2014 Presidential Initiatives Co-chairs
2014 APA President Nadine Kaslow, PhD, had three main presidential initiatives. Each of these initiatives was co-chaired by a senior psychologist and an early career psychologist.
Opening Doors Summit: Facilitating Transitions from Doctoral Education to First Job
Debra Bangasser, PhD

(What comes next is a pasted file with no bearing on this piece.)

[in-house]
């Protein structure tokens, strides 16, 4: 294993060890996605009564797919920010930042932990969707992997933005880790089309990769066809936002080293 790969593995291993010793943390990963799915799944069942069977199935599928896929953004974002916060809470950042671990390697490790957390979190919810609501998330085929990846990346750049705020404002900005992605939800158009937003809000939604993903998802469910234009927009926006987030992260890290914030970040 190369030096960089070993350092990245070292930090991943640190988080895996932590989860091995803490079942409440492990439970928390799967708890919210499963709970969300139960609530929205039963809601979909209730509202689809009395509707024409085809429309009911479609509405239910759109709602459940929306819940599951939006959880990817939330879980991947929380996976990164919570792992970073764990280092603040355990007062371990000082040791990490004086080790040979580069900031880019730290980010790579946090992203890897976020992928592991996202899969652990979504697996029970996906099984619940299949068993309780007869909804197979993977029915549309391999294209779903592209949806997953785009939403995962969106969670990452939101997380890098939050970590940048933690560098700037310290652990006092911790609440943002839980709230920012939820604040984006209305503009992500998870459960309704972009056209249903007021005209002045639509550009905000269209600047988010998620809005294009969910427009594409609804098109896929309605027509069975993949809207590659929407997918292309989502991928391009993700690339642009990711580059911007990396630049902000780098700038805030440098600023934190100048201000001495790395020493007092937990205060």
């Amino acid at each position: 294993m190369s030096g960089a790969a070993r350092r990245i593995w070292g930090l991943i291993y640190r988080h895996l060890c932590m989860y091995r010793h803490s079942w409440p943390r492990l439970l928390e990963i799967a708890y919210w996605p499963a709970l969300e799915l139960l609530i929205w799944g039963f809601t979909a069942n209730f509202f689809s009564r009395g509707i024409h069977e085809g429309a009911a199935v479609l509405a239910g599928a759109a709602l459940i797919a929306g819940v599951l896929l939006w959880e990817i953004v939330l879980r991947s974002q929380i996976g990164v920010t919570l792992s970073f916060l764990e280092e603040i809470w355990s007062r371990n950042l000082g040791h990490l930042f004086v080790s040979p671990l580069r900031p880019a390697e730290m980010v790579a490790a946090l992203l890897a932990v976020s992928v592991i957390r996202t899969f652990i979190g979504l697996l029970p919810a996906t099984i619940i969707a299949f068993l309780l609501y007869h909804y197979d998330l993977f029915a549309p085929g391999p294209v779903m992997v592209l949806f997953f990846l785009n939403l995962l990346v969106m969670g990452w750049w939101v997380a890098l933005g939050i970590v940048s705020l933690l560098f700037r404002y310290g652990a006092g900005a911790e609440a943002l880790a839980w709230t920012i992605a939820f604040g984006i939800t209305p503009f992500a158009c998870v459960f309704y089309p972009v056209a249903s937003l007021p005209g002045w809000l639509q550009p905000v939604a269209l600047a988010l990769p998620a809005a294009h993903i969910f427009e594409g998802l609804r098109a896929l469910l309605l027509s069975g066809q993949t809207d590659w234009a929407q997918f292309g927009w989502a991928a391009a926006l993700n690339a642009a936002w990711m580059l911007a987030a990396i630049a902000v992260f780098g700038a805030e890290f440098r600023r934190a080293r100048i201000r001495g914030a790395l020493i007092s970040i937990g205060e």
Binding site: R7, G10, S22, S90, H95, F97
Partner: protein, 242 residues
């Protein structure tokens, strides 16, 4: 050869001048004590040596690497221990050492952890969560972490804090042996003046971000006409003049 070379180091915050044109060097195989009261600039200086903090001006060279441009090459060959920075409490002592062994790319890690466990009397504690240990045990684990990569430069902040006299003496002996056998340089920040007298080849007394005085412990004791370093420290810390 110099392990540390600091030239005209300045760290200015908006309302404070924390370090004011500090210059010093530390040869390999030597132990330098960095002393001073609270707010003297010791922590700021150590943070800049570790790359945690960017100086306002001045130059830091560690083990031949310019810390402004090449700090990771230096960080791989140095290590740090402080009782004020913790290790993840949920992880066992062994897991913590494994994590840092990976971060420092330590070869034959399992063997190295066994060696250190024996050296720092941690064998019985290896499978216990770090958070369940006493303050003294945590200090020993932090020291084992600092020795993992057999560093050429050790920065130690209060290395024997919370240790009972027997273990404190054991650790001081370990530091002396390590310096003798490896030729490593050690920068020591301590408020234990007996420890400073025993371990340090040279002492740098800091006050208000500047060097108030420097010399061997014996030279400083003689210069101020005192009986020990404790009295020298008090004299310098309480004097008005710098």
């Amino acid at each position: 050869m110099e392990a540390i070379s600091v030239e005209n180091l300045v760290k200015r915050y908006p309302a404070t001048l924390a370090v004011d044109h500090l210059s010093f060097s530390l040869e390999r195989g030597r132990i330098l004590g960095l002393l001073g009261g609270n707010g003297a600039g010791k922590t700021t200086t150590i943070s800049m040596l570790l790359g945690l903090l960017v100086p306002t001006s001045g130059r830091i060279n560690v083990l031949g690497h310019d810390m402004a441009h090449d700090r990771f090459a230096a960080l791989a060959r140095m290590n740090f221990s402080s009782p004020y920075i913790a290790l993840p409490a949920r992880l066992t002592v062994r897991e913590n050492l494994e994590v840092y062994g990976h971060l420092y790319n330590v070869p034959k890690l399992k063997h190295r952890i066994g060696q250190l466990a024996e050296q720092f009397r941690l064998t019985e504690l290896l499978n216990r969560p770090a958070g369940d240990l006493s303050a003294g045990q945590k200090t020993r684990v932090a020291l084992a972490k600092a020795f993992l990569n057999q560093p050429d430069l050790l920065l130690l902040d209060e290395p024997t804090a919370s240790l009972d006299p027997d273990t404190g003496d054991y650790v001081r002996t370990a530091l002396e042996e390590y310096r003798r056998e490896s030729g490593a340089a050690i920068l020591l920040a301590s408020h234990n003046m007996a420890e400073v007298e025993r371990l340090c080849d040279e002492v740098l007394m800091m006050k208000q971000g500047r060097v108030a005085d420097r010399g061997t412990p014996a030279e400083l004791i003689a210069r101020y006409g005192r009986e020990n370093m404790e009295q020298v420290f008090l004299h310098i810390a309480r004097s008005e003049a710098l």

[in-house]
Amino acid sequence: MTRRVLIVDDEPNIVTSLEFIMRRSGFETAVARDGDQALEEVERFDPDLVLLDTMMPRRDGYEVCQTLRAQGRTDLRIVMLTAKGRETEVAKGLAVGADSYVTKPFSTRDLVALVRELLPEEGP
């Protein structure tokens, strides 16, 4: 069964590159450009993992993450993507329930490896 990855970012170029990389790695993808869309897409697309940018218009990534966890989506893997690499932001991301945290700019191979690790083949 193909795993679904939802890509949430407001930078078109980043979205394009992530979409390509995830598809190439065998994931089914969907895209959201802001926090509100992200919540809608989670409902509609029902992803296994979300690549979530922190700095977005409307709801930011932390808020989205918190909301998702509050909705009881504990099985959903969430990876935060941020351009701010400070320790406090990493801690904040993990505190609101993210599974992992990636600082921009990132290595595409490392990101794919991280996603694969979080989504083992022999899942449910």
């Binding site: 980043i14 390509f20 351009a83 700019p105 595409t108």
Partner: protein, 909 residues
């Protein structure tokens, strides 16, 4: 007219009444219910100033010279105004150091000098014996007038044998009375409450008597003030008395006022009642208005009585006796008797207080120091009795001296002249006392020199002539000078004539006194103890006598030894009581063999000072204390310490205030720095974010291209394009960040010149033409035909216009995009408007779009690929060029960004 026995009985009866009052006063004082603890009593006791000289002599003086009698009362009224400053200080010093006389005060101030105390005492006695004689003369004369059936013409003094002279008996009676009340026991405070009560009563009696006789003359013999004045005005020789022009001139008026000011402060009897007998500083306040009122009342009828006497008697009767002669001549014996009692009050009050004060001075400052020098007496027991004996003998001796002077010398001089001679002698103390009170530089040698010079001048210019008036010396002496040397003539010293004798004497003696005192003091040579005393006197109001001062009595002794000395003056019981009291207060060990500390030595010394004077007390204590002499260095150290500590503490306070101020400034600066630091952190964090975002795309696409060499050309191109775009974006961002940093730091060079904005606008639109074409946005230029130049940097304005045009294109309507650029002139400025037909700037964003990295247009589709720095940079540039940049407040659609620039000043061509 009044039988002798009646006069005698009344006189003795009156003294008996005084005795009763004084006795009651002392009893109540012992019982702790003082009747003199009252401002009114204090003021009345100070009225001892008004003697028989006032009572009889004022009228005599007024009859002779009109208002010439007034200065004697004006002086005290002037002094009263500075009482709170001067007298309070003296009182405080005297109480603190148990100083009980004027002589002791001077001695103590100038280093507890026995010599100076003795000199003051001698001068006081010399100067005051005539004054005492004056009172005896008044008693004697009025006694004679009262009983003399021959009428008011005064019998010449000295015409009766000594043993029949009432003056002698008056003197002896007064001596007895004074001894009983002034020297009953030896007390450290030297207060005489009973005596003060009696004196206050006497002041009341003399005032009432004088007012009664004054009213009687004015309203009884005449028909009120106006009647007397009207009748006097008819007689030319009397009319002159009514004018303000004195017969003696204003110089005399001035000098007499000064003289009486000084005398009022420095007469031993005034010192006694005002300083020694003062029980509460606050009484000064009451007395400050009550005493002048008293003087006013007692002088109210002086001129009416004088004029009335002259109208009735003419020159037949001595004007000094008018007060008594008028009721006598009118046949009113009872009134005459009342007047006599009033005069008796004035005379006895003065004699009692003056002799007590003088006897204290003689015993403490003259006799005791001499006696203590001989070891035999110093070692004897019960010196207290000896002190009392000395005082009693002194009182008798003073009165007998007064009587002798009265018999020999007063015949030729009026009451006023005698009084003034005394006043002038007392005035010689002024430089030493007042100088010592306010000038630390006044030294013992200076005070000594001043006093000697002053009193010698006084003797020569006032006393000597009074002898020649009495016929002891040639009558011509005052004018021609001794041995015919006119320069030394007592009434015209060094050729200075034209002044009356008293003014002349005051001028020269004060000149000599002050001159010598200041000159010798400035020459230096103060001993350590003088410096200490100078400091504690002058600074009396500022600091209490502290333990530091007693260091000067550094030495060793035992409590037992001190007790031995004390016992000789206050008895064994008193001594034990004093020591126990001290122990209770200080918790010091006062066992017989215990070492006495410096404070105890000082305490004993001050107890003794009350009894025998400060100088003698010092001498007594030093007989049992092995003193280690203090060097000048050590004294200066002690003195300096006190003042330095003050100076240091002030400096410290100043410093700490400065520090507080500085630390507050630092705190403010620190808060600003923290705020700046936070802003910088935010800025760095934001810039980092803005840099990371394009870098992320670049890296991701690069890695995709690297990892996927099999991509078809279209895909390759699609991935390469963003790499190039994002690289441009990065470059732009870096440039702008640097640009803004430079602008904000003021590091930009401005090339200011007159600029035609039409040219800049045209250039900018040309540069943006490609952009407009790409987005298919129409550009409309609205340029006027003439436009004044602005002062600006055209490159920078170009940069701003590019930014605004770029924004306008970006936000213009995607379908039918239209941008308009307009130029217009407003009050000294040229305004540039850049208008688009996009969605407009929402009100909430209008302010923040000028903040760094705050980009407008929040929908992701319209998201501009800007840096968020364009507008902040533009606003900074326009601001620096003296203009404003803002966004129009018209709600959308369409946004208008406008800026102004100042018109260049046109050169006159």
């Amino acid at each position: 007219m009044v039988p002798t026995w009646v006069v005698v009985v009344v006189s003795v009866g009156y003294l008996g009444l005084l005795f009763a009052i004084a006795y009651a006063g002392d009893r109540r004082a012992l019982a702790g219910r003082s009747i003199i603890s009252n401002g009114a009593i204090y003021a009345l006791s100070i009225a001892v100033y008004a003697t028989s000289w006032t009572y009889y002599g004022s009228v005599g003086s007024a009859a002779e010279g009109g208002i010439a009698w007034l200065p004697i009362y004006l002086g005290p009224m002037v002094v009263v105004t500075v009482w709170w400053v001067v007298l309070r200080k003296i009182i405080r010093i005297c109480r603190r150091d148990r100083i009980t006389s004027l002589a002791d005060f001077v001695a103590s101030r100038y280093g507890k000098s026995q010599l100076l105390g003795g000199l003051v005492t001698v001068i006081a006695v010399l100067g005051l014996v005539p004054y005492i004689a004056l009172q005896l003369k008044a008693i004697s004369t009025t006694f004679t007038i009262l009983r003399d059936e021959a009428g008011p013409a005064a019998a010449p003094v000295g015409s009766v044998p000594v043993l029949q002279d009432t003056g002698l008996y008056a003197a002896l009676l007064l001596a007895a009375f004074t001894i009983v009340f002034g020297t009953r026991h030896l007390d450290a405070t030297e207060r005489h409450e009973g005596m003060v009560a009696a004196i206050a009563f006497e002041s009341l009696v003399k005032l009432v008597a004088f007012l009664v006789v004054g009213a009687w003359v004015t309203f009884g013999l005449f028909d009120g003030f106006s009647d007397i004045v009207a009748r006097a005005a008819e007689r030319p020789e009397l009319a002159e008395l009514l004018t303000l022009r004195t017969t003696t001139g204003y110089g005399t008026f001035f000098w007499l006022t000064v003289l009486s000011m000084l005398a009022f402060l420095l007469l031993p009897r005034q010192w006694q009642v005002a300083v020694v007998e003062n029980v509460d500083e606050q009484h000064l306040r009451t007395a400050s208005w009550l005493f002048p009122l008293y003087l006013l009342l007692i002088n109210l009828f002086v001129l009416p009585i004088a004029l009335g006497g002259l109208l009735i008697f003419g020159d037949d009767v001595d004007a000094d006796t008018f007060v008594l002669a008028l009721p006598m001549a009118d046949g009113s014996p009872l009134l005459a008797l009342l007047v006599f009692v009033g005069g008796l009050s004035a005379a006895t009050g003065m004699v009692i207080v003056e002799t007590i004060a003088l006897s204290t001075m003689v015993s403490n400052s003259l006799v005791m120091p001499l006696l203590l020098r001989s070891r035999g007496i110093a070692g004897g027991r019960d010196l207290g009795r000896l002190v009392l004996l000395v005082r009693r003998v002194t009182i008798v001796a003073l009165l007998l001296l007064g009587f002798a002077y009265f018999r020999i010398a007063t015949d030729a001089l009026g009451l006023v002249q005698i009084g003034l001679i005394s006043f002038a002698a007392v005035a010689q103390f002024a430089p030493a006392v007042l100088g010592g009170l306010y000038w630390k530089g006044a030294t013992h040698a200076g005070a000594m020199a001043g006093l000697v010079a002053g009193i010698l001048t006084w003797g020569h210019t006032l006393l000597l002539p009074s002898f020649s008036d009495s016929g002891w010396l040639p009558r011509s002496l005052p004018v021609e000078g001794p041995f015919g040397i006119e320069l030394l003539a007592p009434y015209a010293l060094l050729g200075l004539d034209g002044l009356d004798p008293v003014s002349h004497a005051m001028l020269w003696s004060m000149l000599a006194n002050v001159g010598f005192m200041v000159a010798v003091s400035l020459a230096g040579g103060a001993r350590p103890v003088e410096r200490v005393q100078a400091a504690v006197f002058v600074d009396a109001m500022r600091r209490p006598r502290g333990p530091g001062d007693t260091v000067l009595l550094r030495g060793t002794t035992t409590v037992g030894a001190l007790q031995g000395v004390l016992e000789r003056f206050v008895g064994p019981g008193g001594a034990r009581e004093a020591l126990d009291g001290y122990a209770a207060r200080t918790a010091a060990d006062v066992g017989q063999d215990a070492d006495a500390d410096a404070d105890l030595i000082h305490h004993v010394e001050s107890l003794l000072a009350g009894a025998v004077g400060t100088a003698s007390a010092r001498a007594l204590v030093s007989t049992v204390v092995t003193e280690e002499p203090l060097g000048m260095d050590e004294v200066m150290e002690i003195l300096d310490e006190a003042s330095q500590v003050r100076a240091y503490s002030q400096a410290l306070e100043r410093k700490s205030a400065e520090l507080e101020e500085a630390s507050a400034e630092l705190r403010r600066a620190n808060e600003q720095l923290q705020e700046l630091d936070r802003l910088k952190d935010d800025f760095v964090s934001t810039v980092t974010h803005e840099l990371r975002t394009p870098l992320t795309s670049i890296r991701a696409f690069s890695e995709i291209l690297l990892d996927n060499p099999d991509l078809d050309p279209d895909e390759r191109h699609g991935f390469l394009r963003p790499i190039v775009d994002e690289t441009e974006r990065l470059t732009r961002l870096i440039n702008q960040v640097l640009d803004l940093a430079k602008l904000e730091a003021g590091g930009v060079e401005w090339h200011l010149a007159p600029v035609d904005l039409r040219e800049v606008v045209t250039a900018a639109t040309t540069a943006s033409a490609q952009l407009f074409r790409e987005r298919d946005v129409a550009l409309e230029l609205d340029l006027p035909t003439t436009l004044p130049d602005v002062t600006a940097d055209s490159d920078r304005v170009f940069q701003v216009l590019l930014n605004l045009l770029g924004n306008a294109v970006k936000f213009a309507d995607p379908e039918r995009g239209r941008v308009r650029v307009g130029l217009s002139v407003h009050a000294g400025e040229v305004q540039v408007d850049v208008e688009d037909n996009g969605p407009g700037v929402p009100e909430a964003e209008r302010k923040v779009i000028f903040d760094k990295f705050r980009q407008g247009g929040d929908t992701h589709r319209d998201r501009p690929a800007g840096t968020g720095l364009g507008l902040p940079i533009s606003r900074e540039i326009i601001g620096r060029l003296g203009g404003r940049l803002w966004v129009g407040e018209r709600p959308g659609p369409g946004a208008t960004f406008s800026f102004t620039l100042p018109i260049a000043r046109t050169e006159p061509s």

Debra Bangasser, PhD, received her doctorate in biopsychology and behavioral neuroscience from Rutgers University, where she worked with Tracey Shors, PhD, investigating the essential neuroanatomy involved in sex differences in the effects of stress on learning. She completed her postdoctoral research in the laboratory of Rita Valentino, PhD, at the Children’s Hospital of Philadelphia, where she identified sex differences in the corticotropin releasing factor receptor structure and function, a possible mechanism underlying female vulnerability to certain psychiatric disorders. Bangasser is an assistant professor in the department of psychology and neuroscience program at Temple University. As principal investigator of the neuroendocrinology and behavior laboratory, she uses techniques from biopsychology and neuroendocrinology to determine the molecular bases for sex differences in stress regulation of attention, learning and anxiety. Bangasser has authored numerous publications in top journals, including Nature Neuroscience and Molecular Psychiatry. She is a member of several national and international organizations, including APA, the International Behavioral Neuroscience Society and the Organization for the Study of Sex Differences. Her awards include the Julius Axelrod Travel Award from the Society for Neuroscience and the Young Investigator Memorial Travel Award from the American College of Neuropsychopharmacology. Her research is funded by the National Institute of Mental Health.